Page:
[Seaside] datasets and modes..
dale.henrichs at gemstone.com
Mon Oct 27 00:35:38 UTC 2008
----- "Philippe Marschall" <philippe.marschall at gmail.com> wrote:
| 2008/10/22 sergio <sergio at village-buzz.com>:
| > in developing rails (for example) i have a data set that i use for
| > development..
| > i make changes (migrations) against the current codebase.. then,
| > everything works, i submit it (svn)..
| > on the server side..
| > i update (svn..) migrate.. then restart..
| > how does this work with seaside?
| > do i have two datasets (production and development)?
| > how do i maintain the integrity of my data when i make drastic
| changes to
| > the code on the development side?
| Seaside is just a web framework. It does not do any persistence at
| all. So this entirely depends on what you use for persistence.
With Smalltalk (your Squeak image), you get image-based persistence ... As you modify your classes, the system 'migrates' the instances of the class automatically, when you 'save your image' you have persisted the code changes and the migrated objects.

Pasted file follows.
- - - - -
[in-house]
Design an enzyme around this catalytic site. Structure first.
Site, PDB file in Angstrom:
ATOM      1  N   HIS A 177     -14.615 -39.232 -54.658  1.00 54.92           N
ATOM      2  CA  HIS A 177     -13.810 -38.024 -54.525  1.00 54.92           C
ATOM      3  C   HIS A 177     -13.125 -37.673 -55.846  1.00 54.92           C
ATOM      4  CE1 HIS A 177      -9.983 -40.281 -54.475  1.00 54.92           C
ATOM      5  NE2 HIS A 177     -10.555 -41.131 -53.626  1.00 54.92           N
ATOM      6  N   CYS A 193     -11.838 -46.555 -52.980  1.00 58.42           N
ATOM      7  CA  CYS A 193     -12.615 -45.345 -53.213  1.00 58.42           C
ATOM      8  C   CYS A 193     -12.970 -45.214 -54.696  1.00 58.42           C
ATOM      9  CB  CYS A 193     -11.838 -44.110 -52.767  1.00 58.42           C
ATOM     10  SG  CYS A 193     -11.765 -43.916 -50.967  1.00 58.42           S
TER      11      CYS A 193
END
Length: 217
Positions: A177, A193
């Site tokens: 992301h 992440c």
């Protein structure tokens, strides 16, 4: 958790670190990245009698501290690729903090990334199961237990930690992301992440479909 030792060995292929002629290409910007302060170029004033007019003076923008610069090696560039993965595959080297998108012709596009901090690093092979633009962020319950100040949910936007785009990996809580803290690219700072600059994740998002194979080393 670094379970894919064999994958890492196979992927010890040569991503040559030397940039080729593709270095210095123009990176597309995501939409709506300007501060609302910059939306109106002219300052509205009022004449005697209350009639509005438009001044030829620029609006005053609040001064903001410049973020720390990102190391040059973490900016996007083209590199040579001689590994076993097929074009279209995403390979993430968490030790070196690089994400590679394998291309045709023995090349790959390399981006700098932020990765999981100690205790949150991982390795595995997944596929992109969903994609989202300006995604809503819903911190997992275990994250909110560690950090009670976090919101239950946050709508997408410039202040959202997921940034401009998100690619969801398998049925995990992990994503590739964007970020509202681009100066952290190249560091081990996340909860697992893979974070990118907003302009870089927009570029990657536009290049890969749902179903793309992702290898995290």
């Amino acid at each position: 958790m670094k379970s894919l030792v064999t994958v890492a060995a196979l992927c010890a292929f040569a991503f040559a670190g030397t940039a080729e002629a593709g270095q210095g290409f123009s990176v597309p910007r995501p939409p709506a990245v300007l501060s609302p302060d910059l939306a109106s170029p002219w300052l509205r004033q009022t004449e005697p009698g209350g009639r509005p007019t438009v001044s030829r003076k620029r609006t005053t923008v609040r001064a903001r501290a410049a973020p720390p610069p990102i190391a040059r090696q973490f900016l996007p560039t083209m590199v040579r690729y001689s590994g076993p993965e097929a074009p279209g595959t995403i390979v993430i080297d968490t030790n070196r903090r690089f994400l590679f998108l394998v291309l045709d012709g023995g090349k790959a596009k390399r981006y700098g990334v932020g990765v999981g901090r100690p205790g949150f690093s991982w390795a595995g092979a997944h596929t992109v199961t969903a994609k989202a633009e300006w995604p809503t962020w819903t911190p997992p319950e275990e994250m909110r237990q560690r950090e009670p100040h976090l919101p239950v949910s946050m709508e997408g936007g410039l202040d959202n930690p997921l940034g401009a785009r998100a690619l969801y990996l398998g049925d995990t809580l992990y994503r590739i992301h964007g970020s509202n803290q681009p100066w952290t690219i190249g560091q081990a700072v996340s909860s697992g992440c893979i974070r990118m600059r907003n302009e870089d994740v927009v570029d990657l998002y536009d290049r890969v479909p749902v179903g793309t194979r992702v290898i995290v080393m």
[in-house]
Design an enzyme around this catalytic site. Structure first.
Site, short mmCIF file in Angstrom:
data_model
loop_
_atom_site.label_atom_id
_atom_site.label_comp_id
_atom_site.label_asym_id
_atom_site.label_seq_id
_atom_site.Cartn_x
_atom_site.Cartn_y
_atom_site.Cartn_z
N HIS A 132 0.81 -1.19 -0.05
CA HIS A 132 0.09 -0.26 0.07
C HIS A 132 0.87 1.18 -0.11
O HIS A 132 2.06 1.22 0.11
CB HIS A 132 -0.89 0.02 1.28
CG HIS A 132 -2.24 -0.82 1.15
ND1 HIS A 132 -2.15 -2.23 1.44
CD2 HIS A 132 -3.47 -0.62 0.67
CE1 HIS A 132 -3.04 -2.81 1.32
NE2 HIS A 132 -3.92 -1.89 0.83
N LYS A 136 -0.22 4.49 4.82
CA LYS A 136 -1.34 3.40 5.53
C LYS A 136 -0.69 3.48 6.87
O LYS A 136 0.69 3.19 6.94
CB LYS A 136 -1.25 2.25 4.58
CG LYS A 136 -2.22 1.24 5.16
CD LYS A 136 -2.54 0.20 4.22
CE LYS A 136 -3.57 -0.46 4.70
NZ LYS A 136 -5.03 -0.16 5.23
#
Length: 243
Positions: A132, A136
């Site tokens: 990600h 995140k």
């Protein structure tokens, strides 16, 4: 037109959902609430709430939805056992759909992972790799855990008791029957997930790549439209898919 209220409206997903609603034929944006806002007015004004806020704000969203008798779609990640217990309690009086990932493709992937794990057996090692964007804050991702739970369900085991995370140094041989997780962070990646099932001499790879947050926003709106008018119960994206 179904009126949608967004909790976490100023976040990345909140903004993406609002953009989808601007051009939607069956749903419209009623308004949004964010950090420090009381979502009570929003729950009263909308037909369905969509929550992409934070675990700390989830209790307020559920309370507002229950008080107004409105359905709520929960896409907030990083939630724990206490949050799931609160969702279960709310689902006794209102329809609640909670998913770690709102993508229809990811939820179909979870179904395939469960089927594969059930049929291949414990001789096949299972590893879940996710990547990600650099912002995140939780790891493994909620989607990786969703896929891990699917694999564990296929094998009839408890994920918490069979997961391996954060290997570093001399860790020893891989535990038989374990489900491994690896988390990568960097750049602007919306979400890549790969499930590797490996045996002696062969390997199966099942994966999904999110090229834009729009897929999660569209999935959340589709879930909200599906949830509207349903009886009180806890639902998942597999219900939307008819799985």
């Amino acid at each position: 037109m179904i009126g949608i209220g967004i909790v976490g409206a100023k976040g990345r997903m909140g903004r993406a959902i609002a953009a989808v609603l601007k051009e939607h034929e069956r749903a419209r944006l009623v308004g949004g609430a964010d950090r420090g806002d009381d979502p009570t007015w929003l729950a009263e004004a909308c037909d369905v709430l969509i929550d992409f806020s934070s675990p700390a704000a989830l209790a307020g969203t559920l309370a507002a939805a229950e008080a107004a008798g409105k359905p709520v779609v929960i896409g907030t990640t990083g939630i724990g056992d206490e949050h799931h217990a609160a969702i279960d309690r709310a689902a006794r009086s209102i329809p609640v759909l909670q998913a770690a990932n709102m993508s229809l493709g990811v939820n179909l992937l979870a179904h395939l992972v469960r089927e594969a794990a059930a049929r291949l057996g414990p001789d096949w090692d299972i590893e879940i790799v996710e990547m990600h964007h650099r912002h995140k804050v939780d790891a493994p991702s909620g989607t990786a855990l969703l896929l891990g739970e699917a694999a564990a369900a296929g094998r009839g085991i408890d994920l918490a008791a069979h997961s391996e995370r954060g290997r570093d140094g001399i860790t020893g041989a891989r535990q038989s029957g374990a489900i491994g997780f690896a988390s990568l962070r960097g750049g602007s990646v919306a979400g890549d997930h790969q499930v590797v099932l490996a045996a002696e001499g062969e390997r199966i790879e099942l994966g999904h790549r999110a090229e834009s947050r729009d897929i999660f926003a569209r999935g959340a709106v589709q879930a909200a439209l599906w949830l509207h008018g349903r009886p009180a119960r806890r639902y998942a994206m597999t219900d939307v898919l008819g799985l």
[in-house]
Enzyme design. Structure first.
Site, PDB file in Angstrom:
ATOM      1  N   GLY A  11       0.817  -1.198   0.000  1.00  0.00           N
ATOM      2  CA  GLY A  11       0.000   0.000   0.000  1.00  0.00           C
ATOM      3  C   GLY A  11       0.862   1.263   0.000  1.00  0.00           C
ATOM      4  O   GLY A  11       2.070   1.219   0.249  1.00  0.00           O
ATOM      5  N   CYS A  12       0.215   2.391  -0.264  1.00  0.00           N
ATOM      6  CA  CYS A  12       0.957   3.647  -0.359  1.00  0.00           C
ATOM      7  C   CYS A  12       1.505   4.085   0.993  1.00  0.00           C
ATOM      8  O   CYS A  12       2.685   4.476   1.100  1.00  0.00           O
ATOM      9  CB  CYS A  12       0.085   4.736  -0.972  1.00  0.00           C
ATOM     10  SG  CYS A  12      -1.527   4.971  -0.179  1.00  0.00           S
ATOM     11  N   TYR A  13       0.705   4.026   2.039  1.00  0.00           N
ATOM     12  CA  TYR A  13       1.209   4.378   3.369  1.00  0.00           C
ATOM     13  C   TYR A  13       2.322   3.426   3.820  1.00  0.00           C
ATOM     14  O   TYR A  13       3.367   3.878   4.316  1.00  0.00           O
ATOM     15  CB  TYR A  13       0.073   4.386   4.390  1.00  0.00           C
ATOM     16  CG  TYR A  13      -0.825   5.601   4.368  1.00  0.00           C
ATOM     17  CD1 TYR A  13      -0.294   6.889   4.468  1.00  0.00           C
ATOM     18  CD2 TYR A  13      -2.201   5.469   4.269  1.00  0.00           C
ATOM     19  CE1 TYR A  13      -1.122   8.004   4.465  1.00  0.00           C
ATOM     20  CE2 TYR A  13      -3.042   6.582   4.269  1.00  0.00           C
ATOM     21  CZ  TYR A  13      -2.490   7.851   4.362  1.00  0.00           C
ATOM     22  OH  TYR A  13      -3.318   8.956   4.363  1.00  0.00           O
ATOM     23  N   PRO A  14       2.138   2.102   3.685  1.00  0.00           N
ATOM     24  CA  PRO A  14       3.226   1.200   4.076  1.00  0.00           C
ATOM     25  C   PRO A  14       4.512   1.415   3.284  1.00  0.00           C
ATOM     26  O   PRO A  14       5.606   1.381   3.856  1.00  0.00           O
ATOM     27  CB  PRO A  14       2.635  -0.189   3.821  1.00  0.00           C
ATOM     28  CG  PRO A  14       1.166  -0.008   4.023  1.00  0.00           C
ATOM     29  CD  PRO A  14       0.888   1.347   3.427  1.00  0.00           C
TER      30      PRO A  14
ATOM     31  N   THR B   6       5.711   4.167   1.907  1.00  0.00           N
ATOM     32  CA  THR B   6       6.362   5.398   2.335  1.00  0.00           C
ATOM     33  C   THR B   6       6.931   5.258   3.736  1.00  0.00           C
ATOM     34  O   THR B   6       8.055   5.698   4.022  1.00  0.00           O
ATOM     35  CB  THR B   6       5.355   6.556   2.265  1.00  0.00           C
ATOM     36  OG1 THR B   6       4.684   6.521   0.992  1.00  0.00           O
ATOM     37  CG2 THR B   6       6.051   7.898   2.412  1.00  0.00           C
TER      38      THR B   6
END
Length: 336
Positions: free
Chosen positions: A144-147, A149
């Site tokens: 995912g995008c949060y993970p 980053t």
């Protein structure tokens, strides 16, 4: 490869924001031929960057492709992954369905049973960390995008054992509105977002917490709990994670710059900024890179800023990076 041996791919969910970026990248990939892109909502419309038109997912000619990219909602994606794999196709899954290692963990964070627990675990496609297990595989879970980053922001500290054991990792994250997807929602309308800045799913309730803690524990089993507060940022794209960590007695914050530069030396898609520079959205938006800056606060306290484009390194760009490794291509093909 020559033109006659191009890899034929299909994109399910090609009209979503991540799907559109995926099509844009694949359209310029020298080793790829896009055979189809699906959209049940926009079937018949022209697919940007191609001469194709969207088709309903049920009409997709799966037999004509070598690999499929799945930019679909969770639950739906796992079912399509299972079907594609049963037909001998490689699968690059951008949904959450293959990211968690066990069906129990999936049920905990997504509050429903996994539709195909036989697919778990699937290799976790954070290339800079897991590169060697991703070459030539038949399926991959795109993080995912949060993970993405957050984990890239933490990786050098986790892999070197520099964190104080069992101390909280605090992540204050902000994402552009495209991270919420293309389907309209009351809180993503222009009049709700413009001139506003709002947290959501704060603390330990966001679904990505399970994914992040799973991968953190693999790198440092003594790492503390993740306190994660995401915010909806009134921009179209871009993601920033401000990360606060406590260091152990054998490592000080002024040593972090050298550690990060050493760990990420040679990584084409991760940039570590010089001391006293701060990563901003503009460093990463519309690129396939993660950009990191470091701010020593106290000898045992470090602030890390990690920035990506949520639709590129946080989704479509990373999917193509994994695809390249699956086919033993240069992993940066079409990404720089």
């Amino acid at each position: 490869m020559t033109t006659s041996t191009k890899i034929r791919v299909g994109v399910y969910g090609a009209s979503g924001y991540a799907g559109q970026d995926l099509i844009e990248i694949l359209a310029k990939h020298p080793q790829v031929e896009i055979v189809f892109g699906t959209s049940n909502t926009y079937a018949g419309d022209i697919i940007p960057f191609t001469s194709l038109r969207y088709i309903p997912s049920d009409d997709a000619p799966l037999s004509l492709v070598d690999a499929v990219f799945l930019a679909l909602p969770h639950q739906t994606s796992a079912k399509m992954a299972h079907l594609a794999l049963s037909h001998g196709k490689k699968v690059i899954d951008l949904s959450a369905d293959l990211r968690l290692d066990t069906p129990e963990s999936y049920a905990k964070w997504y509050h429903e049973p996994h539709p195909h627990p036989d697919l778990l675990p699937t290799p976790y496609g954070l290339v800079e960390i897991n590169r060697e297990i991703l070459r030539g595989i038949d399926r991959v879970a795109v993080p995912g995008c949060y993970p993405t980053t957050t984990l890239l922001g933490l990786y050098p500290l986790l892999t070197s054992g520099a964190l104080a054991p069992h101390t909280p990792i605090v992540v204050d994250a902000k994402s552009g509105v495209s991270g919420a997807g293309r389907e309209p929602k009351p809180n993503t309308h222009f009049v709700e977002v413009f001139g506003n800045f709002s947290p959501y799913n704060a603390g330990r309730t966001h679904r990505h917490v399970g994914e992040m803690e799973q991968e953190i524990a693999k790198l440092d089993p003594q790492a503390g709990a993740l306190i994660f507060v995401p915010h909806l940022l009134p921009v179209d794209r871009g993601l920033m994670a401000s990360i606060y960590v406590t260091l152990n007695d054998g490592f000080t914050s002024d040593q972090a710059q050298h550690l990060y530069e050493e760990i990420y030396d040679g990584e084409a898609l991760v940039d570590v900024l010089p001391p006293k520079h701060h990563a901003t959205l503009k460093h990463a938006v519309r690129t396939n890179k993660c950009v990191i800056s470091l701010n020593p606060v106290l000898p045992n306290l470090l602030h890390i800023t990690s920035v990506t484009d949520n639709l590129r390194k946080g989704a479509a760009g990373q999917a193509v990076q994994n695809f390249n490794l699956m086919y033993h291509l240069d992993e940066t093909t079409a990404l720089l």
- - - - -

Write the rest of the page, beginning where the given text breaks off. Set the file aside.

GemStone/S (GLASS) gives you an OODB that uses a model that is virtually identical to the 'standard' Smalltalk persistence. In GemStone, instead of saving your image, you do a 'commit'. By default, GLASS automatically migrates the instances in your data base (like in your Squeak image. GemStone/S allows you to customize your migration strategies or even choose to not migrate instances at all...
It is a good idea to keep your production and development separate, so with the Smalltalk model, you can modify classes and 'automatically' migrate your instances in the development image, then when you load the final set of proudction-ready code into your production Squeak image, you production instances will be automatically migrated.
The same thing goes for GemStone and GLASS.
Someone else will have to tell you how migration works for GLORP, I assume that GLORP will have similar capabilities...
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